-- "Heaven is North of the Bridge"

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CharlieM1958

16274 posts in 4214 days


#8 posted 12-24-2008 08:22 PM

There are easier workarounds for not having a jointer than there are for not having a planer. I vote for the planer. Come to think of it, I vote for a planer for ME!

-- Charlie M. "Woodworking - patience = firewood"

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davidroberts

1027 posts in 3481 days


#9 posted 12-24-2008 09:02 PM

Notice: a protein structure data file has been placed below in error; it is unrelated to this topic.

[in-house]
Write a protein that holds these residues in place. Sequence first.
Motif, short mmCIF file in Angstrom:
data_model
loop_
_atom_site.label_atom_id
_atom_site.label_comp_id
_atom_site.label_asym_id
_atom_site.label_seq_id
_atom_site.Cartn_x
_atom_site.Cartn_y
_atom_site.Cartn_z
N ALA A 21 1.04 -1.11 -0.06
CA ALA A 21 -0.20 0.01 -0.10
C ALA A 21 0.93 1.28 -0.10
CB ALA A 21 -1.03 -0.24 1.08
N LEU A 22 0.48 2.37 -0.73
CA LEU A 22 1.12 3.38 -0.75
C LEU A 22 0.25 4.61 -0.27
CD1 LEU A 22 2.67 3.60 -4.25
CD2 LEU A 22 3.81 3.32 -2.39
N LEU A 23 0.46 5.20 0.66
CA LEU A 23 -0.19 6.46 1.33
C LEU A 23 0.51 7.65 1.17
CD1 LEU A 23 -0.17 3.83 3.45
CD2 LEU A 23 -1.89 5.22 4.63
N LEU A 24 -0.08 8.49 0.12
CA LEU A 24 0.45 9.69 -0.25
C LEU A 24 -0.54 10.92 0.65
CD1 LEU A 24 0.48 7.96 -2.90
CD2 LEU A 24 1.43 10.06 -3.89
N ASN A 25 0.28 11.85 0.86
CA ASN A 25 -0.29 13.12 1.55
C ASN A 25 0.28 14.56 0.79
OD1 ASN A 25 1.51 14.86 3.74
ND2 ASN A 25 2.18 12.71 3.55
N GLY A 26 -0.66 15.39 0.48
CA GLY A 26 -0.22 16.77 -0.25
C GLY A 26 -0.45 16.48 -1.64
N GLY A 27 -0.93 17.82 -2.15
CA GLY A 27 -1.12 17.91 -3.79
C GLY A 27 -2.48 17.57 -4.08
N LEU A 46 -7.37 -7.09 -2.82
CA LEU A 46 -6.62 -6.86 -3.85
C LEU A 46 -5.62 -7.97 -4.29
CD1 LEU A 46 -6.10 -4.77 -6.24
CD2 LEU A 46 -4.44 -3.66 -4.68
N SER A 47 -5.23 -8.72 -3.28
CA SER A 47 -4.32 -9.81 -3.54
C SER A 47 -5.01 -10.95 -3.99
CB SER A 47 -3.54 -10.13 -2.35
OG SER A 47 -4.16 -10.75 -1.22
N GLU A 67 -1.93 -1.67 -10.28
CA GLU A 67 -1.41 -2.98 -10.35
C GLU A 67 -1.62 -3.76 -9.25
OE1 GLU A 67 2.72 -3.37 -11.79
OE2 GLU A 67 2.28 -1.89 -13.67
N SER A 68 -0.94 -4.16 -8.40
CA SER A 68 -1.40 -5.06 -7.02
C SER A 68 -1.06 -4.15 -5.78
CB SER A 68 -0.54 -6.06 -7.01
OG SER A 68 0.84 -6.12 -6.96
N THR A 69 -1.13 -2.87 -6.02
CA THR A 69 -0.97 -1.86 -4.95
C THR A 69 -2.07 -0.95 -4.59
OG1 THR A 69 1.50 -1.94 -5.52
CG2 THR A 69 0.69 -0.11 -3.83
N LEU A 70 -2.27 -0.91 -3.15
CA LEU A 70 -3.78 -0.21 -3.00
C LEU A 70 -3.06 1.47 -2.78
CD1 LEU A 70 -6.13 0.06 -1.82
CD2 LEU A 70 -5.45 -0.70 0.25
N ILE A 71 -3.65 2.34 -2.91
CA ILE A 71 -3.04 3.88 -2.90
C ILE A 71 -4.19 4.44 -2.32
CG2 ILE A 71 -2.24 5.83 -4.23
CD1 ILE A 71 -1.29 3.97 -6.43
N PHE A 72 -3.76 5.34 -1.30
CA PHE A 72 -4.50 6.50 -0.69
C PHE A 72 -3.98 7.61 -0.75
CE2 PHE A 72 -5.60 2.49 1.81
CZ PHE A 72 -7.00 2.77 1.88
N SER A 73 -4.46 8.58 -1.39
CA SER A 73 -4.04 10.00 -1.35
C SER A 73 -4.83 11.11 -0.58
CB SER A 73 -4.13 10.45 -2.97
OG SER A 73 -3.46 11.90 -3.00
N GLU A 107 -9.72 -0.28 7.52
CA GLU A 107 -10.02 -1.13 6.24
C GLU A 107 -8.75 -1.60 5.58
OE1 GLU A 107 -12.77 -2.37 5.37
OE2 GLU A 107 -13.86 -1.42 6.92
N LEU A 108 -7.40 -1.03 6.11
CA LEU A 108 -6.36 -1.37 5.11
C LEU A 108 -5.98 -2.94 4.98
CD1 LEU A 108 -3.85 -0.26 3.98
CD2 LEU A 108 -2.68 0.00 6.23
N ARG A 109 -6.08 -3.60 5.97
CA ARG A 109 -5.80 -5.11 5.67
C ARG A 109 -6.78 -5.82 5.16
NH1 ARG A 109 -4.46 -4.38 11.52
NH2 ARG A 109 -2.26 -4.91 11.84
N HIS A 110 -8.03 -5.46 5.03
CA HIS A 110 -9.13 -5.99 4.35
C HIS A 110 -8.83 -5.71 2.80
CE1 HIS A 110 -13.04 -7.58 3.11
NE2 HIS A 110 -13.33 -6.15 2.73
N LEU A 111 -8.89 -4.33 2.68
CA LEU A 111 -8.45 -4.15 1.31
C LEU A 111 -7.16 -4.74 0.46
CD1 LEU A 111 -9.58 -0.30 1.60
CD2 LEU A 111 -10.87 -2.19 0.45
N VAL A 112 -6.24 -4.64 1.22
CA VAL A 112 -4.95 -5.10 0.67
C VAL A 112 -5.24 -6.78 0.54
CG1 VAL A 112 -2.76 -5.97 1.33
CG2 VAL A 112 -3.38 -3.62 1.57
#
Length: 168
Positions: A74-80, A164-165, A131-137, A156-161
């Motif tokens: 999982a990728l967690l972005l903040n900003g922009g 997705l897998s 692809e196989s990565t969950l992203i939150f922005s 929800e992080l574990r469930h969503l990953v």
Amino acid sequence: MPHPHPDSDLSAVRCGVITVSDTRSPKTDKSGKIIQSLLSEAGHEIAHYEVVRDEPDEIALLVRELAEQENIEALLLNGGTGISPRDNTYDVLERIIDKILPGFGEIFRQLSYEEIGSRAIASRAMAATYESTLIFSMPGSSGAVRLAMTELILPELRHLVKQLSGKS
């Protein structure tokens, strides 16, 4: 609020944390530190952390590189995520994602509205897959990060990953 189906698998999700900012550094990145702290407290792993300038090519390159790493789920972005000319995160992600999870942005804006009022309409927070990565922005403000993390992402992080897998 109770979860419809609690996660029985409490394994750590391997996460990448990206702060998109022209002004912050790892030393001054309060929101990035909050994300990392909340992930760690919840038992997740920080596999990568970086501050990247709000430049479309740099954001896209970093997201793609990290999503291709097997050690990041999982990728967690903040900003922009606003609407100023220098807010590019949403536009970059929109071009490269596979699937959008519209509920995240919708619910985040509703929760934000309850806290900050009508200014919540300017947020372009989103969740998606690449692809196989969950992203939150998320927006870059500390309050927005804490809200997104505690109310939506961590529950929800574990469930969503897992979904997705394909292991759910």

I ask the same question six months ago and here’s my story. Most advice says buy a jointer first. After reading a lot of advise on the ww’ing forums, I followed that wisdom and bought a used jointer off CL. I thought the plug looked strange but hey it was a clean PM 8” jointer at a ridiculous price. In other words, I was blinded by the price. Once home, I kept counting the four prongs wondering why there was an extra. This is when my long road to 3 phase education started. Now at this point you would think I’d just jump on the internet and order up a converter. But no, I was a bit intimidated, and I didn’t have the $175 or so to buy one. So there my beautiful jointer sat in the garage, waiting for it’s owner to man up and do the right thing. In the meantime, a portable “used once” (no really, it’s true haha) Ridgid planer appeared on CL at another give away price. It still has the second set of unused blades that came with it new and the installed blades were still sharp. I bought it. Now I have the money to buy a converter, but I’m still working up the nerve to jump into that project. I haven’t built any extraordinary furniture lately, well never. I don’t feel confident with hand planes, and besides, I would need to buy one other than the low angle block plane I have. If you can use a hand plane effectively to joint, then I’d agree and say buy a planer. Just a word of advice, if I had it to do over, I’d buy a 3 knife cutter head. I don’t know if two speeds is really worth it, but most of the better portable planers now have two speeds. You’ll probably clean up with a swipe of the hand plane. OK, to much information…